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IPEN

A Toxics-Free Future

Human Rights

IPEN Co-Chairs Pamela Miller and Olga Speranskaya sign a statement in support of workers and former workers of Samsung at the IPEN 2016 Global Meeting & Toxics-Free Future Forum

November 18, 2016: An Open International Declaration To the Board of the Samsung Electronics Co., Ltd.--   A Call for Justice and Human Rights for the Workers, Former Workers and Their Families

Issued from the Global Meeting of IPEN—San Francisco, California USA

English / Español

IPEN is a global network of more than 500 public interest non-governmental organizations (NGOs) working in 116 countries to establish and implement safe chemicals policies and practices that protect human health and the environment. This week, 120 of IPEN’s environmental, health and human rights leaders from 55 countries are meeting in San Francisco, California in the U.S. for a Global Meeting and Toxics-Free Future Forum (14-18 November 2016). During this meeting, we have had the opportunity to hear first-hand accounts of the ruthless treatment and negligence perpetrated by Samsung against its workers. We are outraged by Samsung’s illegal tactics that include brutal and unsafe working conditions, toxic exposures, physical and mental harassment, use of child labor, wiretapping, bribery, and thwarting of unionization. These unconscionable actions violate the fundamental human rights, health, and dignity of the workers and their families.

한국어 IPEN has joined with trade unions and public interest organizations to endorse a letter from Supporters of Health and Rights of People in the Semiconductor Industry (SHARPS) to Mr. Jae-yong Lee, the heir apparent of Samsung Electronics. The letter urges Mr. Lee to initiate a new dialogue with SHARPS about his company’s occupational disease victims. As of September 2016, SHARPS has profiled 223 Samsung Electronics employees who developed a variety of serious diseases including leukemia, brain tumors, and multiple sclerosis. Of the 223 victims, 76 have died.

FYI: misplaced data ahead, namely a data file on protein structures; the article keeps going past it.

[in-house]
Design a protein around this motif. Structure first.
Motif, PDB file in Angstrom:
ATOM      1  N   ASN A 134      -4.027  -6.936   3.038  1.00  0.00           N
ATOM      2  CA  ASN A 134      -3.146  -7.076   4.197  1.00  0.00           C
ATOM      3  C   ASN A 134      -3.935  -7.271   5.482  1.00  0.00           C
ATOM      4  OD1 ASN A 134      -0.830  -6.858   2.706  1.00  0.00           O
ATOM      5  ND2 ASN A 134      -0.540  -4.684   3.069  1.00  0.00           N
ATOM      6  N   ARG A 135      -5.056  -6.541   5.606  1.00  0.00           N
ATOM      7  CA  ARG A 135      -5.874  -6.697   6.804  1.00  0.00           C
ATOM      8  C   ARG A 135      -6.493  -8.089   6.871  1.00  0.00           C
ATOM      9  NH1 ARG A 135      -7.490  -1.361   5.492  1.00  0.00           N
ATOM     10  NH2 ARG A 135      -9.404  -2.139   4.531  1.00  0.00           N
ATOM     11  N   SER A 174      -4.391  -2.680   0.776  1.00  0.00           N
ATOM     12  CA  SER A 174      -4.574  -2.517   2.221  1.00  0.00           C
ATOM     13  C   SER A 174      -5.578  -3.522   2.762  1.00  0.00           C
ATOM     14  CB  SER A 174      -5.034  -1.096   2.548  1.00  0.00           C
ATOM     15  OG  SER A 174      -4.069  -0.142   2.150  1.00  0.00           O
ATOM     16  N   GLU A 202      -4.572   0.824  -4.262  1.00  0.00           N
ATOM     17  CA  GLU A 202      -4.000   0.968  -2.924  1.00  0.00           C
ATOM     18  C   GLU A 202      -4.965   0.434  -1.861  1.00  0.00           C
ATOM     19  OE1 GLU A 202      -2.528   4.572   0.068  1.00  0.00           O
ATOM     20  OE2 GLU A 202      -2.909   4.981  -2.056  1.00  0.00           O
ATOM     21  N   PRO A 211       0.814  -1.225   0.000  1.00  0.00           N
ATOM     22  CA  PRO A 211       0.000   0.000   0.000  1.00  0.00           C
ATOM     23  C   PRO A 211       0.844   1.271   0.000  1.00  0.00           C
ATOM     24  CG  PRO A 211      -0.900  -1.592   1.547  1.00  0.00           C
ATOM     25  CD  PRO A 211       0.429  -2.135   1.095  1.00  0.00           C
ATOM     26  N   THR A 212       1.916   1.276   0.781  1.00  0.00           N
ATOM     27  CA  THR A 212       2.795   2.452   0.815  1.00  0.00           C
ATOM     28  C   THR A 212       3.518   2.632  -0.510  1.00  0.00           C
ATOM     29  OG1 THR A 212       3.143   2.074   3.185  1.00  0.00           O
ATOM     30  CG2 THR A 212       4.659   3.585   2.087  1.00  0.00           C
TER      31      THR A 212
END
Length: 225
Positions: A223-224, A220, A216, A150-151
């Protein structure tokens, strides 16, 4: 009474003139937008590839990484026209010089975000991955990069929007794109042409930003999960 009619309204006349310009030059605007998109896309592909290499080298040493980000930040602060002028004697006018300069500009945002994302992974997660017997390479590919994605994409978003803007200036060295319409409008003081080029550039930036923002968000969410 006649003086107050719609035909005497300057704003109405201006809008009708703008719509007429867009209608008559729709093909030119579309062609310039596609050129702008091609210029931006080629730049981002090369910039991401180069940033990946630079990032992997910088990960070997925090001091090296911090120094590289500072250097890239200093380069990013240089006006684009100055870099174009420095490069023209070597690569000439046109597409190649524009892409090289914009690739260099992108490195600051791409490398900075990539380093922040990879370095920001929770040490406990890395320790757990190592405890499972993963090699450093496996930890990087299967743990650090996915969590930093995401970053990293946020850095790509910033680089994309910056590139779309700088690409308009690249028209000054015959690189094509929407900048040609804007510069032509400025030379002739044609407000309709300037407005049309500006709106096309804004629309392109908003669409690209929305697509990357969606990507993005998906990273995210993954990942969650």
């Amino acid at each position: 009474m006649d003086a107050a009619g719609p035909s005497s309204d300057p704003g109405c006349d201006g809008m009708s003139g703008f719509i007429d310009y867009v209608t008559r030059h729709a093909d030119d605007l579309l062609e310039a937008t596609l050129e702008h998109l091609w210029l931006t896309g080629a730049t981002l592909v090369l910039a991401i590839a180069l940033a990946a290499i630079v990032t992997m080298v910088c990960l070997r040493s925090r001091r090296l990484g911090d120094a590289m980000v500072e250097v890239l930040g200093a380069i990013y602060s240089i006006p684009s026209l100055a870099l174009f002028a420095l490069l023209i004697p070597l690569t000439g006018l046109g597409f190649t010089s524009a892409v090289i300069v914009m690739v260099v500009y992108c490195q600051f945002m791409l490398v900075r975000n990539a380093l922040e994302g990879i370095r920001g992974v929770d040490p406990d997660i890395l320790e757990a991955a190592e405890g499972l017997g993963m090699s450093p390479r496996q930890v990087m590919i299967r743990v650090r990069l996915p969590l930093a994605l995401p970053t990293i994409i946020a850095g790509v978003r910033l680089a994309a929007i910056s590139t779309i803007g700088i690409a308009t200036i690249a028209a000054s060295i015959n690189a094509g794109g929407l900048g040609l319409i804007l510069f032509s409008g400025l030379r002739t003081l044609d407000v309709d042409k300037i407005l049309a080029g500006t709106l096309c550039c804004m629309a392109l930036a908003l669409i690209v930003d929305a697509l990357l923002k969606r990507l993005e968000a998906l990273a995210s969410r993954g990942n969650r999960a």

A recent AP investigation outlined how Samsung has requested government authorities to withhold critical information from sick workers about chemical exposures. The Samsung issue is occurring during a global effort to address hazardous substances within electronics as a global emerging policy issue under the Strategic Approach to International Chemicals Management.
 

IPEN Participating Organization Ecological Alert and Recovery-Thailand (EARTH), along with Chulalongkorn University, National Health Commission Office of Thailand, Kumamoto Gakuen University, and Collaboration Center for Minamata Disease Victims, organized a program and public conference from 9th-12th September, 2016 in Thailand. The program aimed to discuss lessons learned from the Minamata industrial disaster and how to apply those lessons for a sustainable society and environment.

Today, top-tens of the biggest polluters of Kazakhstan based on the official data were published. The charts reveal that the environment has been greatly contaminated by steelworks Kazakhmys and ArcelorMittal, oil companies KazMunaiGas and KazTransOil and power plant in Ekibastuz. Interactive map of facilities that exceed the safe threshold limits valid in the EU (1) is now available in clearly understandable form on-line at www.ecocitizens.kz.

We, Co-Chairs of the global NGO network of IPEN, express our deep concern over human injustice happening around the world. Too often violent conflicts over natural resources target environmental activists for harm. These conflicts include land grabbing, illegal logging, devastating mining, overuse and contamination of water resources, international investments violating local laws, and many other activities with the potential to irreversibly change the life of people and communities. 

Two murders happened in Honduras in March this year, taking the lives of two amazing individuals fighting for the rights of indigenous peoples to live in a protected and healthy environment. 

On March 2nd, Berta Cáceres, one of the leading indigenous activists in Honduras, a coordinator of the organisation COPINH and a Goldman 2015 Prize Winner, was assassinated in her hometown of La Esperanza, Honduras. Berta won the Goldman Prize in 2015 for her successful fight against the world’s largest dam builder, and in defense of the rights of indigenous peoples of Honduras. Her powerful speech at the Goldman Prize ceremony inspires us all. 

Two weeks later Nelson García, another member of COPINH, was murdered when he helped a group of poor families resist a land grab in the small town of Rio Lindo in Honduras. Both murders happened as a result of the violation of the right of free speech for activists defending the livelihoods of people. 

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